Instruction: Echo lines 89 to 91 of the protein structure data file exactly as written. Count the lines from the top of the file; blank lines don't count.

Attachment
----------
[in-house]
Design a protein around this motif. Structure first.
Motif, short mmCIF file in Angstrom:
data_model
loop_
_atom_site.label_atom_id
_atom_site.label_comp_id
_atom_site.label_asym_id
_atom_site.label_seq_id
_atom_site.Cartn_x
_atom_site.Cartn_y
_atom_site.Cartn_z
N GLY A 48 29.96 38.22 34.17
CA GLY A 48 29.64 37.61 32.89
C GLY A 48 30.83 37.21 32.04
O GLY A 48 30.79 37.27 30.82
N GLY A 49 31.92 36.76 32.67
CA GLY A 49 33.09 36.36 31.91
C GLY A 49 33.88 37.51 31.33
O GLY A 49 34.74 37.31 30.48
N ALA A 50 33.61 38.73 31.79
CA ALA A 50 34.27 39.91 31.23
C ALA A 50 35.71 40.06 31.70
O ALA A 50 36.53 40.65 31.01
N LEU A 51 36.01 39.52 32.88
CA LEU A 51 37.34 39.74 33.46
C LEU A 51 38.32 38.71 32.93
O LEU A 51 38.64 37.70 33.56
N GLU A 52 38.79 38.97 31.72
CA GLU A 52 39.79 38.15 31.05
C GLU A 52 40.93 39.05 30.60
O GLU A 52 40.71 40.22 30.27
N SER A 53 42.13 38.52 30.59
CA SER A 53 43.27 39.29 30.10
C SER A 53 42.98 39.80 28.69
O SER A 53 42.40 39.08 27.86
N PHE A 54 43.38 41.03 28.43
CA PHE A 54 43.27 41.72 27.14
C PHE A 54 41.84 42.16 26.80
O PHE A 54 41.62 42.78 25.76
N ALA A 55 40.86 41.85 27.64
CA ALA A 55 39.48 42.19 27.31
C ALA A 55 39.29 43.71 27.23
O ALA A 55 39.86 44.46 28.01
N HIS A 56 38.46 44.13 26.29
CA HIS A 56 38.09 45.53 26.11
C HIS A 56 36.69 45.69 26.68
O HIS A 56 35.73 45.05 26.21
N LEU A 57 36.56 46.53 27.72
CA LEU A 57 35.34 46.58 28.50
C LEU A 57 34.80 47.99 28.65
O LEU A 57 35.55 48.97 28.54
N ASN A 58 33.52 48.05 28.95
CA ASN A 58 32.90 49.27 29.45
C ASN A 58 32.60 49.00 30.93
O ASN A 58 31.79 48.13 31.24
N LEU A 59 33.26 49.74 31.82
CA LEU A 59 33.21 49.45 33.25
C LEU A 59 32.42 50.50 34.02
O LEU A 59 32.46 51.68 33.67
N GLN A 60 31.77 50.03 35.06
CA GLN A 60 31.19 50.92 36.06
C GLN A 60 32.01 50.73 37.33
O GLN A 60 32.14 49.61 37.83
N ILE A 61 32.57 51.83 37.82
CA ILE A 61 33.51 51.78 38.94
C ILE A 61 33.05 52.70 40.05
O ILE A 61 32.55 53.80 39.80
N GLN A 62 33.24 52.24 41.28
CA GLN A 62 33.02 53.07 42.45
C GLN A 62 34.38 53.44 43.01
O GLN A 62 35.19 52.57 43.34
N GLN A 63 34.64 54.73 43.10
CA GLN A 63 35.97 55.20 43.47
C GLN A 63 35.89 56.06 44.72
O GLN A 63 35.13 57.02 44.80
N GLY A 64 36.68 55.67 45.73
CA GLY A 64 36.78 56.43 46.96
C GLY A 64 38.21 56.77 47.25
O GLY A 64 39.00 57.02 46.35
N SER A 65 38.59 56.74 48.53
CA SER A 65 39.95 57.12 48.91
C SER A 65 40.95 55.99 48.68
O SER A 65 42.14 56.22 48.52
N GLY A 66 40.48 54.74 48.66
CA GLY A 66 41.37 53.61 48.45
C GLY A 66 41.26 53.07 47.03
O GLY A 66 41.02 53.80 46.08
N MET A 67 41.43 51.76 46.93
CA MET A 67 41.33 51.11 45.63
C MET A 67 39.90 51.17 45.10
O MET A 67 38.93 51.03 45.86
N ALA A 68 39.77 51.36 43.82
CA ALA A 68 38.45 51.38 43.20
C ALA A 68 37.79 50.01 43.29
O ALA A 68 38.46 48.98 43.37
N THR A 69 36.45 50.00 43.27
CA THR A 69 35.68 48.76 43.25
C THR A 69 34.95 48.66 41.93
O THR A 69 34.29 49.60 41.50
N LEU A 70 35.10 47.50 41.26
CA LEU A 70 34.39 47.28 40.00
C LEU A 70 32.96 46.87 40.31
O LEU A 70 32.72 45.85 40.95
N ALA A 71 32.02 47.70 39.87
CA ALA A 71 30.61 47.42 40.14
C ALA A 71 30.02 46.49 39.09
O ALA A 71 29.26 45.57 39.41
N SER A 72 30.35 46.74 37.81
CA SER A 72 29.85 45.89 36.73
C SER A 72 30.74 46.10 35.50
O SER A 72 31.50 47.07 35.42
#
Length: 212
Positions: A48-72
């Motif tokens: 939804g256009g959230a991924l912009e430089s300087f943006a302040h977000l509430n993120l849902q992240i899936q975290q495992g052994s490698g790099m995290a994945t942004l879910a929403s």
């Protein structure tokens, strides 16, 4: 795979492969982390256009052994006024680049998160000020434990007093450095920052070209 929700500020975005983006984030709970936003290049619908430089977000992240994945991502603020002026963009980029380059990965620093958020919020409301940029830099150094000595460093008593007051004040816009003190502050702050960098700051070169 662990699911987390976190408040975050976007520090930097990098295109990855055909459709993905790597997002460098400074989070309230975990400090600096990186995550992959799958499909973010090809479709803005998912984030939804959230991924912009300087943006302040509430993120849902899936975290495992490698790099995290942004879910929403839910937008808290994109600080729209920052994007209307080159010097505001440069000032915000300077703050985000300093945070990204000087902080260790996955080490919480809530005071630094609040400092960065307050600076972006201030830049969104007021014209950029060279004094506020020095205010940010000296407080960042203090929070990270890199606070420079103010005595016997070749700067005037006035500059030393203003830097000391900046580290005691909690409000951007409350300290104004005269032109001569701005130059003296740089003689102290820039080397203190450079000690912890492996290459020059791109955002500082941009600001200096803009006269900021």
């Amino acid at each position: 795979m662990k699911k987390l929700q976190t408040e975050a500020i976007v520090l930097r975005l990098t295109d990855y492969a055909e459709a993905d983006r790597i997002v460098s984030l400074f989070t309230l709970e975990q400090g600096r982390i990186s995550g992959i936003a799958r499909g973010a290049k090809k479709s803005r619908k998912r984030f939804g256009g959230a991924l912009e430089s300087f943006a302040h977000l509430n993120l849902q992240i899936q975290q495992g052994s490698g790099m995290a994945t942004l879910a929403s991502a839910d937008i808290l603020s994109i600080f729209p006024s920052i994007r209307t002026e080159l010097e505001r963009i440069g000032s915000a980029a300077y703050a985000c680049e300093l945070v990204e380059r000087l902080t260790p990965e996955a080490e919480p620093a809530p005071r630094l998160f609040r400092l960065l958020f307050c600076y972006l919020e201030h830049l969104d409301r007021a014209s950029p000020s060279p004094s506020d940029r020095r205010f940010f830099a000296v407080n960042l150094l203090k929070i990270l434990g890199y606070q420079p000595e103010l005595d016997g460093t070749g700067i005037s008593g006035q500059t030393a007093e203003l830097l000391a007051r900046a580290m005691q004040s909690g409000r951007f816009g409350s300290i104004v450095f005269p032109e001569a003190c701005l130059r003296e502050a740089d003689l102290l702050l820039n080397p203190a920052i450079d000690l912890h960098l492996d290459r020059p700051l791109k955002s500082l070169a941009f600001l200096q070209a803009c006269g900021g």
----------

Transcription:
N MET A 67 41.43 51.76 46.93
CA MET A 67 41.33 51.11 45.63
C MET A 67 39.90 51.17 45.10